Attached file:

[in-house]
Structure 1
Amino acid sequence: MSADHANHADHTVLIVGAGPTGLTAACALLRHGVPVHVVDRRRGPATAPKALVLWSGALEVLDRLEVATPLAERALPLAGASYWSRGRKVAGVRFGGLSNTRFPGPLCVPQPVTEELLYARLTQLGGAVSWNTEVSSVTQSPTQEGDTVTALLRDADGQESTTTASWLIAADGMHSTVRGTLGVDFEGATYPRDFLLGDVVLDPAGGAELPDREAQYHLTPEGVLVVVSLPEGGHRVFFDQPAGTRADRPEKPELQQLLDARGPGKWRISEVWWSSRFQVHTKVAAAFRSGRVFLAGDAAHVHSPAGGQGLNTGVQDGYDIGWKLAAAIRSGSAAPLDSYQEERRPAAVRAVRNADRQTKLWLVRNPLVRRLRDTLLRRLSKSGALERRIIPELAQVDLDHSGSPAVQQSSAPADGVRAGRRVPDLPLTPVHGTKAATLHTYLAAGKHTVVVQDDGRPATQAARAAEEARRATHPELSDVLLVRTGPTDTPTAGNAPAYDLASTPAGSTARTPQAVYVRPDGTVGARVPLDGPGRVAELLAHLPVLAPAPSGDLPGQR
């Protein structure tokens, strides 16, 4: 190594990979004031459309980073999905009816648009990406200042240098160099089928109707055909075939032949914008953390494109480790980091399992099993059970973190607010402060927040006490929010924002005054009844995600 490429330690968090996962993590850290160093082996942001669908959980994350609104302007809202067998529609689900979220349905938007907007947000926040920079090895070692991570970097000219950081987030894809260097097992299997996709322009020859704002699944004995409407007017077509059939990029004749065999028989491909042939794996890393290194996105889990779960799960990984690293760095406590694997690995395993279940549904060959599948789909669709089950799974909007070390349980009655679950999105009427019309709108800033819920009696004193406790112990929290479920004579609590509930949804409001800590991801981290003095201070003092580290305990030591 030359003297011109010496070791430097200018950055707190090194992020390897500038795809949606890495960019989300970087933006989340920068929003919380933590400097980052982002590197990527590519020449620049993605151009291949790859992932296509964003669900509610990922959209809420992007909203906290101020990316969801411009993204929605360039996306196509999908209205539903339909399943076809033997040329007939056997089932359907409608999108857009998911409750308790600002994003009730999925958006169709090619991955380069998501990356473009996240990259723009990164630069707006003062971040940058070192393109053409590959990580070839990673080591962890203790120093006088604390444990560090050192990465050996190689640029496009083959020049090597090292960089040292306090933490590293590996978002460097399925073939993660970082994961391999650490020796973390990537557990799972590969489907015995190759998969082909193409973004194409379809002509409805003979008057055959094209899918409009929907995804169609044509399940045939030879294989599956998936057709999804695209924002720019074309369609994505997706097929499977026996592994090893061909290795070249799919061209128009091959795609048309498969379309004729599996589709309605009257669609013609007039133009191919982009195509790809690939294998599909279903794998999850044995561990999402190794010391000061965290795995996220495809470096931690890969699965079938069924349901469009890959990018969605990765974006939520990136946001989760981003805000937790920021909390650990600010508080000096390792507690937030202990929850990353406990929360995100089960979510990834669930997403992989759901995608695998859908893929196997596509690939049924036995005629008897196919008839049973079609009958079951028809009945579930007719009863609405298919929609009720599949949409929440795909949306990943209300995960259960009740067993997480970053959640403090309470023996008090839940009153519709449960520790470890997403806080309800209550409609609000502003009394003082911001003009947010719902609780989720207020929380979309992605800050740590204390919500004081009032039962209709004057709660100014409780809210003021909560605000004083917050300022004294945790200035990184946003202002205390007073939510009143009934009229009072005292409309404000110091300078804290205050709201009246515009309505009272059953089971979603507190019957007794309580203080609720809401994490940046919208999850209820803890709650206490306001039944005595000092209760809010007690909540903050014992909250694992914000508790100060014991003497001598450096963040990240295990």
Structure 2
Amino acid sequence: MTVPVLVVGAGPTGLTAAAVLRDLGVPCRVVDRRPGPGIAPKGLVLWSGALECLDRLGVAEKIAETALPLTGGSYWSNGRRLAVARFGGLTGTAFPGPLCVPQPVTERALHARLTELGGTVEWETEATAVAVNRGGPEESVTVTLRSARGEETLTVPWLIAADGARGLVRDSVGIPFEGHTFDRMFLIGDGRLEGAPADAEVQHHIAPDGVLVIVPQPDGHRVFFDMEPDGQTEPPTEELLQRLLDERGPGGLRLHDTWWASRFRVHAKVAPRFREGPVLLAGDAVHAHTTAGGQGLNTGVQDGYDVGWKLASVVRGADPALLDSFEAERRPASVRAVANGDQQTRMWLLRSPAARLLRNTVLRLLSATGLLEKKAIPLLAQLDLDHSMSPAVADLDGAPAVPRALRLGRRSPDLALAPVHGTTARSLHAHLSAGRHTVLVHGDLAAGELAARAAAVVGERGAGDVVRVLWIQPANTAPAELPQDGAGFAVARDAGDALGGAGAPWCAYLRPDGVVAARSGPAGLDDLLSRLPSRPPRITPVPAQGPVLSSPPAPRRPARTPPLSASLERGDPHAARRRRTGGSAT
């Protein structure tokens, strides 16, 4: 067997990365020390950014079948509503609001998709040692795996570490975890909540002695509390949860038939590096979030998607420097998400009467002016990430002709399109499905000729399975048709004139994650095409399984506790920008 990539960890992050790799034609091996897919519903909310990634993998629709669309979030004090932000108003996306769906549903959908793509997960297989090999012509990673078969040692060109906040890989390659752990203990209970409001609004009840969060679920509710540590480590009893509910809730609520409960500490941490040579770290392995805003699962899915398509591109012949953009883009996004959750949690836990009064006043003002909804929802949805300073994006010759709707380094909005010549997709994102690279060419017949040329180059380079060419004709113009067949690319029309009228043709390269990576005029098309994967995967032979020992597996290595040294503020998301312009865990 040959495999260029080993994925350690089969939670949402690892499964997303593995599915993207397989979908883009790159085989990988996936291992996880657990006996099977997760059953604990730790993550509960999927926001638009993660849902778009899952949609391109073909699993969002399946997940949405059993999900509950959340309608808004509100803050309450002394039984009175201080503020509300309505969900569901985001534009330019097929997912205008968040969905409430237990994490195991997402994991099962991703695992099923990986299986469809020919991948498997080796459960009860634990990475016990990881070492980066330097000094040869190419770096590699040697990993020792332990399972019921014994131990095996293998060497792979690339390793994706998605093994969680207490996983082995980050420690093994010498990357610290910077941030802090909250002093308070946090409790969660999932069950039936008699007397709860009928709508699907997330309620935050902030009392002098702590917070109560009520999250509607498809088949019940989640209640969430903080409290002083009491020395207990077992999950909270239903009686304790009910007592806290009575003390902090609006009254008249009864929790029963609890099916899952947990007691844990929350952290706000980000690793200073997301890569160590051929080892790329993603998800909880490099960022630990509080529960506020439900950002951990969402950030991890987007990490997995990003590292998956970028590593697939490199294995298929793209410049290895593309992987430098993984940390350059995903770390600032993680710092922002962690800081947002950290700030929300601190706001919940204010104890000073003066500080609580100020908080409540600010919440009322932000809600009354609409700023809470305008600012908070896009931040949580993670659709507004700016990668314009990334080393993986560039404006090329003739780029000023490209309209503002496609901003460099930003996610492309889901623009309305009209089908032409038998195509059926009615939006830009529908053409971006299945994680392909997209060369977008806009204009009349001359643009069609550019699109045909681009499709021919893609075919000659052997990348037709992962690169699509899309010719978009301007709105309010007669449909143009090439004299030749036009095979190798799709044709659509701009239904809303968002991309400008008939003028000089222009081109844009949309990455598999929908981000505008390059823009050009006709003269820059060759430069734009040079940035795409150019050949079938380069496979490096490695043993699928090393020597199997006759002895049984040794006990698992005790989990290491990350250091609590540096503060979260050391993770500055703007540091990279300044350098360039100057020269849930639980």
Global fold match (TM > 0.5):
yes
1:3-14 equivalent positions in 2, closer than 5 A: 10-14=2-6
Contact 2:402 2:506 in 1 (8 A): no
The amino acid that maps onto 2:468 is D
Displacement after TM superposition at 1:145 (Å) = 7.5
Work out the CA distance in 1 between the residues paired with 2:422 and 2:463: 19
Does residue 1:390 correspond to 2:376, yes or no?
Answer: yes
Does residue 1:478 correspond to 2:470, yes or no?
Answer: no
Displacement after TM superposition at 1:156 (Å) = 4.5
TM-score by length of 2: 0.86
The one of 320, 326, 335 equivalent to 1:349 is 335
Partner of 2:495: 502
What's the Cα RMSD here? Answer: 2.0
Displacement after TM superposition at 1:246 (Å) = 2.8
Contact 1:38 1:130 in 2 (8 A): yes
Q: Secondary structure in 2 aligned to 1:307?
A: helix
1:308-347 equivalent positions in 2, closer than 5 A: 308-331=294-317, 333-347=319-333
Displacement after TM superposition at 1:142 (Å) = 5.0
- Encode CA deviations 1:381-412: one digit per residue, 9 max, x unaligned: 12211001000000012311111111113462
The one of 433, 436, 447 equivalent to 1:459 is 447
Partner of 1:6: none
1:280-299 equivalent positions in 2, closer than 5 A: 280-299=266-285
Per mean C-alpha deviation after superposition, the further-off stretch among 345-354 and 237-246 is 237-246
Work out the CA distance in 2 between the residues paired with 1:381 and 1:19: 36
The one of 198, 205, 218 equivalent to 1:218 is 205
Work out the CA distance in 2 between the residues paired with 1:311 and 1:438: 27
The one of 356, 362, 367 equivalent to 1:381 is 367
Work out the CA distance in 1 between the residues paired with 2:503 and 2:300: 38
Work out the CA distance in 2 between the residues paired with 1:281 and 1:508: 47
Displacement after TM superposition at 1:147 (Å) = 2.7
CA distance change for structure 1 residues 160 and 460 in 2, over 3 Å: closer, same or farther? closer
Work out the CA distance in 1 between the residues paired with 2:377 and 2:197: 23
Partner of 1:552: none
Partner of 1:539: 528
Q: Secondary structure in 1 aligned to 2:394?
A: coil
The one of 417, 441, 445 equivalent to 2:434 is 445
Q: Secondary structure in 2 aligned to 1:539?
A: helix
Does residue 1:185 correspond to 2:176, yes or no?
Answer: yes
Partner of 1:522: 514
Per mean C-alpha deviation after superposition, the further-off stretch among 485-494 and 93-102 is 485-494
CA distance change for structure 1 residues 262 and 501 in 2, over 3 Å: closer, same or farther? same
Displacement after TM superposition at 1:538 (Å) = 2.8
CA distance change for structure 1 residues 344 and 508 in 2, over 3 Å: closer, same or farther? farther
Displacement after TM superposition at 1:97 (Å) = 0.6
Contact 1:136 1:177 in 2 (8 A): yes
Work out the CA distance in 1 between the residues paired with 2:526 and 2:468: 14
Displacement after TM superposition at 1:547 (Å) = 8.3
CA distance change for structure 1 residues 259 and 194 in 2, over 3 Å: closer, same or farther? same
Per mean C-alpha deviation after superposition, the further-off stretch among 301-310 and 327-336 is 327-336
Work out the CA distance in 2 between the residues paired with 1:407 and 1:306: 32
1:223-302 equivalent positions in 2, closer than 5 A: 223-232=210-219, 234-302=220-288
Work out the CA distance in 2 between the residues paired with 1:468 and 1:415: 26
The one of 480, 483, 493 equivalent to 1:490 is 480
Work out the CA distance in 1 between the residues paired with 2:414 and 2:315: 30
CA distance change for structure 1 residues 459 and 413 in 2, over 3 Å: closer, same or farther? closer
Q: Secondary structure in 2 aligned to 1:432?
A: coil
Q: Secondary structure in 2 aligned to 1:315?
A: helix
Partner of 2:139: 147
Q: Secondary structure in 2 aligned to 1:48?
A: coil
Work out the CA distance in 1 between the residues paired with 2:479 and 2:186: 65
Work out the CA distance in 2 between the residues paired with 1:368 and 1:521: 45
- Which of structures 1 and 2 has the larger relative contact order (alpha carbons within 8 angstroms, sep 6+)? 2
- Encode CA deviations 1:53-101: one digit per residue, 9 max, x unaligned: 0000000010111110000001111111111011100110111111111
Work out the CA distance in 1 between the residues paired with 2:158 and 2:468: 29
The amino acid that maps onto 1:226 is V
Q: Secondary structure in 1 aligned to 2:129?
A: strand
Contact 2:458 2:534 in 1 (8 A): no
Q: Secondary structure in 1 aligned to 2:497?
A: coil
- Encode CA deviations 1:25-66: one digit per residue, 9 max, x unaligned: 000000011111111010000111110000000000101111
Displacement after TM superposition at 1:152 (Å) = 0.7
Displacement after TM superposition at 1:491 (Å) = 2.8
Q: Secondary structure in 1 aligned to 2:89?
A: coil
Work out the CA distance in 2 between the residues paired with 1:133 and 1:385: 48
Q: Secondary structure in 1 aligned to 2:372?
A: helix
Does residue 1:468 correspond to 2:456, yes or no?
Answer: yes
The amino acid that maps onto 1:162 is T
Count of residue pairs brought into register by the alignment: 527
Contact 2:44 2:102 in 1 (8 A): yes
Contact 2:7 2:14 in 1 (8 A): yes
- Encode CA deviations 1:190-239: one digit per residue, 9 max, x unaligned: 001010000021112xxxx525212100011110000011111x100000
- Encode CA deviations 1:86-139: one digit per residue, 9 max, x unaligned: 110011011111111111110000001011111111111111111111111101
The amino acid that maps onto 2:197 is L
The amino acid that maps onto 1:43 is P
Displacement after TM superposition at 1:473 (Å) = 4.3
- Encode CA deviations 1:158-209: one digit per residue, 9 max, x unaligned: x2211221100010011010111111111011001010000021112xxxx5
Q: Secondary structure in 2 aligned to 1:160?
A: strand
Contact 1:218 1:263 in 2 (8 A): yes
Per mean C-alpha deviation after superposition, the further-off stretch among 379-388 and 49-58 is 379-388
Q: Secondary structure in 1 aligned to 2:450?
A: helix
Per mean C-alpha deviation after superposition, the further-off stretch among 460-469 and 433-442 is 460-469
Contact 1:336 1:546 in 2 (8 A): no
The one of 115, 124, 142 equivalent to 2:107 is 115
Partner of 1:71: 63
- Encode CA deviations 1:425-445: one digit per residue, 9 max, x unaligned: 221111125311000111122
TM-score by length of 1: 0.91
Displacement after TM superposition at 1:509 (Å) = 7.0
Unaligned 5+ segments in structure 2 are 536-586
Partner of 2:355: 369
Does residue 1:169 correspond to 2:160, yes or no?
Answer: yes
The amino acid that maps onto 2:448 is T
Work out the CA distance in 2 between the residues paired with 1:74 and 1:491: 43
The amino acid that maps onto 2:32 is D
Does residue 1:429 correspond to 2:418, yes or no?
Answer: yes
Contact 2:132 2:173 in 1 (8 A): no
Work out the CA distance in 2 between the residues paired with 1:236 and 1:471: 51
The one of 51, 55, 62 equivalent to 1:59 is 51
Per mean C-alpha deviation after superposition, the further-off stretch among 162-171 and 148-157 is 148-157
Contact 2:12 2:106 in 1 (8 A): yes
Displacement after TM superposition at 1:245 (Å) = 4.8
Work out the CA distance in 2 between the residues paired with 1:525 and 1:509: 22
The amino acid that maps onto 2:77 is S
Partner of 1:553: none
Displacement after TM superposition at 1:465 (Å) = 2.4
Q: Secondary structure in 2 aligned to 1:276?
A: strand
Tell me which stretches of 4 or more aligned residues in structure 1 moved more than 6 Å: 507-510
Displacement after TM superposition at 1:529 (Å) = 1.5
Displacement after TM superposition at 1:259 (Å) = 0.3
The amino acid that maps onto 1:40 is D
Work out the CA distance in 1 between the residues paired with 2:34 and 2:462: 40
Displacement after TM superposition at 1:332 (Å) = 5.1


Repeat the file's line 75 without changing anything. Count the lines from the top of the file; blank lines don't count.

Q: Secondary structure in 2 aligned to 1:48?